Featuring films portraying life in war-torn countries of Europe and a film, the original of which was condemned and burned by the Gestapo in Nazi Germany, the Film Society this year is planning the most ambitious program in its history.
In a series of six programs the Society will present to Harvard students memorable motion pictures, both silent and sound, which noted film critics have regarded as being the most outstanding of their type. Not only are these pictures produced in our own Hollywood, but also by well known foreign companies.
Von Stroheim Film First
The first program, which will be held in the New Lecture Hall on November 18, will feature "Greed," a picture written and directed by Erich von Stroheim. At its Berlin premiere this picture caused riots because if its wartime characterizations and because of von Stroheim's extreme unpopularity with the Nazis.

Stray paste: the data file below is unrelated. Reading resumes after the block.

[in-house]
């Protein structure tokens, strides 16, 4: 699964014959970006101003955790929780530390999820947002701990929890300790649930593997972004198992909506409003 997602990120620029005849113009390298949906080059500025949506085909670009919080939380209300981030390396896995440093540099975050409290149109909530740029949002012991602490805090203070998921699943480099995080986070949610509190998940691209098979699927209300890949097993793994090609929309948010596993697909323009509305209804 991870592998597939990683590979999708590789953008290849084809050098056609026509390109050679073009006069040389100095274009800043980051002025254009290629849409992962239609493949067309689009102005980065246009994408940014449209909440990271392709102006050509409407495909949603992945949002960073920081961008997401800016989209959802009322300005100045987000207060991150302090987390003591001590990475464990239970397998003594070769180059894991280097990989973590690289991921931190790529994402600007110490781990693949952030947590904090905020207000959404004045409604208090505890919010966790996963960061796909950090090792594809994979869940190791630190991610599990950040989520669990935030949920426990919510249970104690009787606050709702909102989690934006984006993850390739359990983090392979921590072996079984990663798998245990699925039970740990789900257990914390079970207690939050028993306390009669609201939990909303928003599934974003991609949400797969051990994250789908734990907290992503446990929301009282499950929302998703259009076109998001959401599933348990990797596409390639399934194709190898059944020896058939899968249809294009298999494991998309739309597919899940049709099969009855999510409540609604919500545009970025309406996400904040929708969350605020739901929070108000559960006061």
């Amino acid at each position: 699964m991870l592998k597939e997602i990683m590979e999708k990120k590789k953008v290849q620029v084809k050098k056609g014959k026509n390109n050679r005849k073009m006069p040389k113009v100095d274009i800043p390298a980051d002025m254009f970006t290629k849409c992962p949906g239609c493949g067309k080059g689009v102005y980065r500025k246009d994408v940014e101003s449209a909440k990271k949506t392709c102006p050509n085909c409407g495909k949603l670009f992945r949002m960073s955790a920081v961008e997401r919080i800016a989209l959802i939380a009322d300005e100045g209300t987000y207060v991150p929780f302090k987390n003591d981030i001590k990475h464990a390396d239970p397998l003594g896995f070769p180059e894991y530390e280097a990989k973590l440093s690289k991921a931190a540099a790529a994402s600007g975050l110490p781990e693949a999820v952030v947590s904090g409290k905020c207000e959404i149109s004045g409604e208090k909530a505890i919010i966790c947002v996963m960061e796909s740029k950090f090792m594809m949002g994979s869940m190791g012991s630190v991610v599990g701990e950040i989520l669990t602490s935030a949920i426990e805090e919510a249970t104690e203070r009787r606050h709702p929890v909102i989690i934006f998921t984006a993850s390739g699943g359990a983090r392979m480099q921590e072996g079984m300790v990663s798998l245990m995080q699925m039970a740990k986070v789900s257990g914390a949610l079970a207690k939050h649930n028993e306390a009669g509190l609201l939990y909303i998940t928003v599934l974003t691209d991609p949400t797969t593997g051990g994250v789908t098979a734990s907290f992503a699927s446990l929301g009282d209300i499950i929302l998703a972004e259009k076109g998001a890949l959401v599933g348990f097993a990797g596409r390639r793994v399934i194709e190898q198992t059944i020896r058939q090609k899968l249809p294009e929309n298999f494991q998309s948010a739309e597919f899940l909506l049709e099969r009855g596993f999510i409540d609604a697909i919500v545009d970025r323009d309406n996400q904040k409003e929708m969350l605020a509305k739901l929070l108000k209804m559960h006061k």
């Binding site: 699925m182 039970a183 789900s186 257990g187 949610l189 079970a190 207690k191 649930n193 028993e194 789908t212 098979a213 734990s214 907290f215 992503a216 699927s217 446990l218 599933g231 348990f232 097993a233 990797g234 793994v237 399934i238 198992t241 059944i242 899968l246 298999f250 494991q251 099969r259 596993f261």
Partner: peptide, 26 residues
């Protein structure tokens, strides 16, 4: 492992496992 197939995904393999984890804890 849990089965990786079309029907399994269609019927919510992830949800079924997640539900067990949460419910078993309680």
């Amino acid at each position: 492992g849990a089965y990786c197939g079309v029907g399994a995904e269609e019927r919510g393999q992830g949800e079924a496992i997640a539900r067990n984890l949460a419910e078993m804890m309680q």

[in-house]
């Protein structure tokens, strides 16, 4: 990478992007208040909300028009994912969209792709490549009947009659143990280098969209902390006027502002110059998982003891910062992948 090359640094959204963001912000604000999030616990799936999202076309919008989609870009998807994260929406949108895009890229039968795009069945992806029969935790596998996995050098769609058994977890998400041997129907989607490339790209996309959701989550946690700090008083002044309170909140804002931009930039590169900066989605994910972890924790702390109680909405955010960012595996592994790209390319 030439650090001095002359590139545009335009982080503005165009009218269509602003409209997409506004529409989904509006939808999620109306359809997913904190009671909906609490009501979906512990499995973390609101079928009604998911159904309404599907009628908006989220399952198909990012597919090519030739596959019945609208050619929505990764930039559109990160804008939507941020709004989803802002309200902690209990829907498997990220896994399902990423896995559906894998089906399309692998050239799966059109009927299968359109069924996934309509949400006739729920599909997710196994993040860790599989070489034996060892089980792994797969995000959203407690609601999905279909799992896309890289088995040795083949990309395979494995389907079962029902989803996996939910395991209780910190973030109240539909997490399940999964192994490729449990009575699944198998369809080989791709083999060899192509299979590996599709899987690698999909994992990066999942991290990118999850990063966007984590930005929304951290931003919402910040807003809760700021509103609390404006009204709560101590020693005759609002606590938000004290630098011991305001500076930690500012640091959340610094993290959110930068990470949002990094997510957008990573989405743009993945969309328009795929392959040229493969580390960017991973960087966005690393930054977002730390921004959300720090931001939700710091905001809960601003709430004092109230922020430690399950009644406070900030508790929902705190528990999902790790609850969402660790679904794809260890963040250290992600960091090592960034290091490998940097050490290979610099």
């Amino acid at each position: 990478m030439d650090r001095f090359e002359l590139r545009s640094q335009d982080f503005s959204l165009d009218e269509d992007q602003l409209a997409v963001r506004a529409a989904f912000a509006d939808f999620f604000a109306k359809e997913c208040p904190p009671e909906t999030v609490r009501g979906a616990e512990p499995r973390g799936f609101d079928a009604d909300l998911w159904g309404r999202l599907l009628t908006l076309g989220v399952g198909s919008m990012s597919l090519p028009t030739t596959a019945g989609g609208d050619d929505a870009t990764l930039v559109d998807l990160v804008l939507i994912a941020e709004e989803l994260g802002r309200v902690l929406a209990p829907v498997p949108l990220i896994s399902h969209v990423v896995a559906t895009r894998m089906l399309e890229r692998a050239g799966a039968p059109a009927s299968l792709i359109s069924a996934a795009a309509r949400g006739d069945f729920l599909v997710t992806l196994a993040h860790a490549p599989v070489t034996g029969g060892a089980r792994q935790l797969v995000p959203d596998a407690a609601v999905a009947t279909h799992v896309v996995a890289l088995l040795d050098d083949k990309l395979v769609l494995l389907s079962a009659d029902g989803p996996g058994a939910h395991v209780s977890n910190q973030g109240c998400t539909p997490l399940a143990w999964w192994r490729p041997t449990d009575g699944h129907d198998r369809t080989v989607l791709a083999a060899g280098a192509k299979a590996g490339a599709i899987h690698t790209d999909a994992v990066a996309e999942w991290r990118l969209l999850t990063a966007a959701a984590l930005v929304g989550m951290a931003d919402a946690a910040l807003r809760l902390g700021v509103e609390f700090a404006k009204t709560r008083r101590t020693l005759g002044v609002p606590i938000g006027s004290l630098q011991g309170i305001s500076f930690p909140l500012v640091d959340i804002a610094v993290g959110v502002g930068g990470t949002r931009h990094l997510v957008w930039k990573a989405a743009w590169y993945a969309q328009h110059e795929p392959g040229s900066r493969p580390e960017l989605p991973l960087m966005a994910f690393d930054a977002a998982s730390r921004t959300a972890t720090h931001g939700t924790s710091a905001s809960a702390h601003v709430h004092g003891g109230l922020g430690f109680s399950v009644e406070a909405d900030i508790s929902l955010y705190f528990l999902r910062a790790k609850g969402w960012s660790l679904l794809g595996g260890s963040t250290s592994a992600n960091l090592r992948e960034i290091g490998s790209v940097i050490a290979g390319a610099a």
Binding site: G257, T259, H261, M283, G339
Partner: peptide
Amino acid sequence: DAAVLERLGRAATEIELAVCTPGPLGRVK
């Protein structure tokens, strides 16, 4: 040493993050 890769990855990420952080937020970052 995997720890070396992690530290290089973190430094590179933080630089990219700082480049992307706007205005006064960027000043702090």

Among the other pictures scheduled to be shown by the Film Society is "The Passion of Joan of Are," a silent film which ranks with some of the best contemporary sound films. This picture, directed by Carl-Theodor Dreyer, was produced by La Societe Generale de Films.
The activities of the Society are en- dorsed by such men as Edward W. Forbes '95, James B. Munn '12, and Elliott Perkins '23, Director of the War Service Information Bureau.
In order to meet the expenses of procuring these films, those who intend to see them must become Associate Members of the Society.
The Film Society, which was organized in 1936 by a group of undergradutes, is run on a non-profit basis. Last year it was able to put $250 into War Bonds as a result of an extra large membership